There are many international reports concerned with evaluating and monitoring the status of citizens and their communities. The results of some of these reports have come to illustrate the developments and that these communities witness. However these reports sometimes conflict with the reality of the situation due to the dependence of such reports on material standards that are applied throughout the world, without regard to the differences between the stable and advanced west and the developing and highly turbulent east.
These reports, including the international happiness index published by the U.N. and prepared by The Sustained Development Solutions Network, the information is based on the Gallop opinion polls. It deals with the relationship between the citizen and the state, the importance that the political regimes give to the opinions of citizens, monitoring the level of satisfaction and happiness with state offered services, knowing citizen fears and concerns, and understanding the issues of highest interest to citizens. The Arab revolutions and protests expressed the gap between the state comprehension of its role and citizens’ needs. Now, there are regular procedures some countries have begun to focus on within the context of measuring the satisfaction of citizens with the services offered by the government.
The ranking of Arab countries:
Scandinavian countries were ranked at the top of 158 countries included in the report. Only one Arab country, the United Arab Emirates, was ranked within the first of 20 occupying the 20th internationally. Oman came second in the Arab ranking and 22nd internationally, followed by Saudi Arabia as the 35th, Kuwait 39th and Bahrain 49th slots internationally.
The ranking of Arab countries continues in later positions according to the international happiness index. Libya comes in 63rd, Algeria 68th, Jordan 82nd and Morocco 92nd. The following came at the bottom of the list: Tunisia 107th, Palestine 108th, Iraq 112th, Egypt 135th, Yemen 136th and Syria 156th. The rankings for the following countries dropped in 2013: Tunisia from 104th, Iraq from 105th, Egypt from 130th and Syria from 148th.
Reasons for Decline:
According to the results of the happiness index report for 2015 which covered the period between 2012 and 2014, it is clear that the ranking is low for most Arab countries, and that some of these rankings have declined from their previous rank in 2013, which covered the years of 2010 to 2012. This leads to the following observations:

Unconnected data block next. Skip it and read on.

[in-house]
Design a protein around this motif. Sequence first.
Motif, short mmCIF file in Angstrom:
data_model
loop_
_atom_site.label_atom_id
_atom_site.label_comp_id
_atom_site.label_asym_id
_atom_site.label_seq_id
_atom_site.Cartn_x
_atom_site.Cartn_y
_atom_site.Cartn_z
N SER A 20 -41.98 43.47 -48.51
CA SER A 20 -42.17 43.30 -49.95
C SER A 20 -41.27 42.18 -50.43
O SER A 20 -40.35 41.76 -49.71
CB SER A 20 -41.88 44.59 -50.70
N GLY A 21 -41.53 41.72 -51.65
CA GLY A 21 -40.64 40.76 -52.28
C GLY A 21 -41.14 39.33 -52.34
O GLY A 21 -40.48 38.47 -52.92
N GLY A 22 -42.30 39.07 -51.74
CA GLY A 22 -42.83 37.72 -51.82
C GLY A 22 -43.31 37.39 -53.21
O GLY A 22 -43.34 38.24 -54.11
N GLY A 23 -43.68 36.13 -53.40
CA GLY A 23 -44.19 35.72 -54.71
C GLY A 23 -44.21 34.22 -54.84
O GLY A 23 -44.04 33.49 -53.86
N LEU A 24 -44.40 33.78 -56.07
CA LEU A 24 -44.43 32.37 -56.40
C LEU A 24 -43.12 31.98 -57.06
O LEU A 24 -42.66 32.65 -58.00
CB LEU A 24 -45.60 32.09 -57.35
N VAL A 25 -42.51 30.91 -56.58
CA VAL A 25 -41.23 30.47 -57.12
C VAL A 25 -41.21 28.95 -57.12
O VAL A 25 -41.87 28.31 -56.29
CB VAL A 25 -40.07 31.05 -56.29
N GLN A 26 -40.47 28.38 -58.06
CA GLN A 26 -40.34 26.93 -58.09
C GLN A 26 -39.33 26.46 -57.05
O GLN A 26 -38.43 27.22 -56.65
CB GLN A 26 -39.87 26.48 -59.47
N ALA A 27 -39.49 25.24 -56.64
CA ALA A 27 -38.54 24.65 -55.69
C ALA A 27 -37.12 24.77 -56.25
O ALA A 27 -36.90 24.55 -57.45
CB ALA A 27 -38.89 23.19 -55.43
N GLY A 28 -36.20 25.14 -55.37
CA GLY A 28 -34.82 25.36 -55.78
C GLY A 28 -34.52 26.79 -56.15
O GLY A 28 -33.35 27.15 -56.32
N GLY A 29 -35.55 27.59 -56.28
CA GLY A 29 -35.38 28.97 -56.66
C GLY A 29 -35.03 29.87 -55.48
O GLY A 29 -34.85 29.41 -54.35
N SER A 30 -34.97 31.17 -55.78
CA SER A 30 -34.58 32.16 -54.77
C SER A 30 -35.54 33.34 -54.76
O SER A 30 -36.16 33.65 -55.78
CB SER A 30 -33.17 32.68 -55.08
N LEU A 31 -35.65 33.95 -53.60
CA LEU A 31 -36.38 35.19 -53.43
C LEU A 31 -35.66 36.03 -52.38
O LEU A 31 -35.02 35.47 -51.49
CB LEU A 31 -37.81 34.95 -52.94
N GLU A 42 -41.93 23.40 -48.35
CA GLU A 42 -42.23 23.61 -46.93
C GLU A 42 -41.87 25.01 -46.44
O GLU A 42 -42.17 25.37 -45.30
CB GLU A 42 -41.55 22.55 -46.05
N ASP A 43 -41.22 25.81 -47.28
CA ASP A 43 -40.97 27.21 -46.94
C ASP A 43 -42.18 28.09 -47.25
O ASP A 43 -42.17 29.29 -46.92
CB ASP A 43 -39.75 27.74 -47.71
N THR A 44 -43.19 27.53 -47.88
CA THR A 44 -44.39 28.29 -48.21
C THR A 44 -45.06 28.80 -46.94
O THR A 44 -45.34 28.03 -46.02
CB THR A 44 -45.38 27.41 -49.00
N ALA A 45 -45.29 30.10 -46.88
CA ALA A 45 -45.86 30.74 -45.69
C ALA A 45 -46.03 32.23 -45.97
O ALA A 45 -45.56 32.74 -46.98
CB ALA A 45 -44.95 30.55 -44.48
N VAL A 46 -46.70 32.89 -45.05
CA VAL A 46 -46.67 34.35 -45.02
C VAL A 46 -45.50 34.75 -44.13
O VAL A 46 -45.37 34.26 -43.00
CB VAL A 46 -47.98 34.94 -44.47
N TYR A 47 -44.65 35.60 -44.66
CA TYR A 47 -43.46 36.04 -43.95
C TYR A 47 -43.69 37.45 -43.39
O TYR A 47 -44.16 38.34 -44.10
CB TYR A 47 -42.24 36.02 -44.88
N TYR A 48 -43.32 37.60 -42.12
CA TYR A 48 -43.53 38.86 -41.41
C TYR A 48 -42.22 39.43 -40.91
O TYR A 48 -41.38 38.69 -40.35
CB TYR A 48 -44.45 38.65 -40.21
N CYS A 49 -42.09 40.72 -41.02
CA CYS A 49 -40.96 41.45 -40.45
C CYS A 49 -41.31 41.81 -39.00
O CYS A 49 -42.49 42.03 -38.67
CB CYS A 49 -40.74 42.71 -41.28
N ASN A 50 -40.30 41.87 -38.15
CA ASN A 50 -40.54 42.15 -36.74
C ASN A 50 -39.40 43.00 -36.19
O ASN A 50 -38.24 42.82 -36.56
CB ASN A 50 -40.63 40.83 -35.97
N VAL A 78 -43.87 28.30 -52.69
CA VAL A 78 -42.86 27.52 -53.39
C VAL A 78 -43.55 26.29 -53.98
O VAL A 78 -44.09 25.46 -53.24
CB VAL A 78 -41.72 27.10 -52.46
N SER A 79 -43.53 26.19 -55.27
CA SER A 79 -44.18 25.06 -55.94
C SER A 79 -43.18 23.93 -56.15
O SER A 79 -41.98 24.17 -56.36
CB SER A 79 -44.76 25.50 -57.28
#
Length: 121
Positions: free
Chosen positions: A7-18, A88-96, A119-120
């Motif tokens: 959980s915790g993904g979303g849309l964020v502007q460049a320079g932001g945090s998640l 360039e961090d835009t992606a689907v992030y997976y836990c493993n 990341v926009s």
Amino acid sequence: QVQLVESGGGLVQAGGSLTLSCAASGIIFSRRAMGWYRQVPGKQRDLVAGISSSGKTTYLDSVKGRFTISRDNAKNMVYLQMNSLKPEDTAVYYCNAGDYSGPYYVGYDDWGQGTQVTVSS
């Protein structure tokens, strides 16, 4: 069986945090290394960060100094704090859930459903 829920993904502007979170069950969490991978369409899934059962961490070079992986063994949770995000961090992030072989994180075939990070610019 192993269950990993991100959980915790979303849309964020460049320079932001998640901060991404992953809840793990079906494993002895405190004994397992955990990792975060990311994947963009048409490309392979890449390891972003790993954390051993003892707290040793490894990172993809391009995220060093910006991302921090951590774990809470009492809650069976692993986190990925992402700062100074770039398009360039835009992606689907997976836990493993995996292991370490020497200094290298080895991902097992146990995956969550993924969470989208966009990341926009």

1 – The report takes utilizes Gallops polls in the countries covered by the report. Factors examined include: The gross economic output per capita for each state, level of population, citizen mortality, corruption levels in institutions and society, level of individual education, granted social freedom by the state for the individual, and the standards of social support by the state and other citizens. From there, the reasons behind the decline of most Arab countries compared to the rest of the world can be explained by the economic index decline of most the countries over the last two years, which is the period of time covered by the report. This economic index decline is due to the lack of foreign investment, the suspension of many production sectors due to a lack of security, the spread of terrorism in the region, and the grand spread of worker protests that have suspended many vital economic sectors.
2 – The emergence of the political and security turbulences witnessed by most Arab countries during the post revolution period have affected the Arab economy. In this context, the AMF confirmed in its unified Arab economic report 2014 published in February 2015, the performance of Arab economies was affected by a number of factors in the region, which led to a decline in the registered growth rates of Arab countries. In this context, the total GDP of Arab countries with standard prices recorded 4.2% growth in 2013, which is less than the average registered growth rate of developing countries and emerging markets at 4.7% throughout the same year.
3 –The decline in oil prices last year contributed greatly to the declining performance of Arab economies. This has been reflected upon the rankings of some Arab countries in the Happiness index. This was also confirmed by the AMF, clarifying that the fall in registered growth rates of Arab oil The decline in oil prices last year contributed greatly to the declining performance of Arab economies. This has been reflected upon the rankings of some Arab countries in the Happiness index. This was also confirmed by the AMF, clarifying that the fall in registered growth rates of Arab oil exporting companies came as a reflection for the decline in oil production quantities in some of these countries and the fall in international oil prices. Other indicators point out that the fall in rank of most of these countries in the Corruption Perceptions Index issued by the World Transparency Organization, was another reason why they held low ranks in the Happiness index, as the latter depends on the corruption index as one of the main indexes in assessing the level of citizen happiness.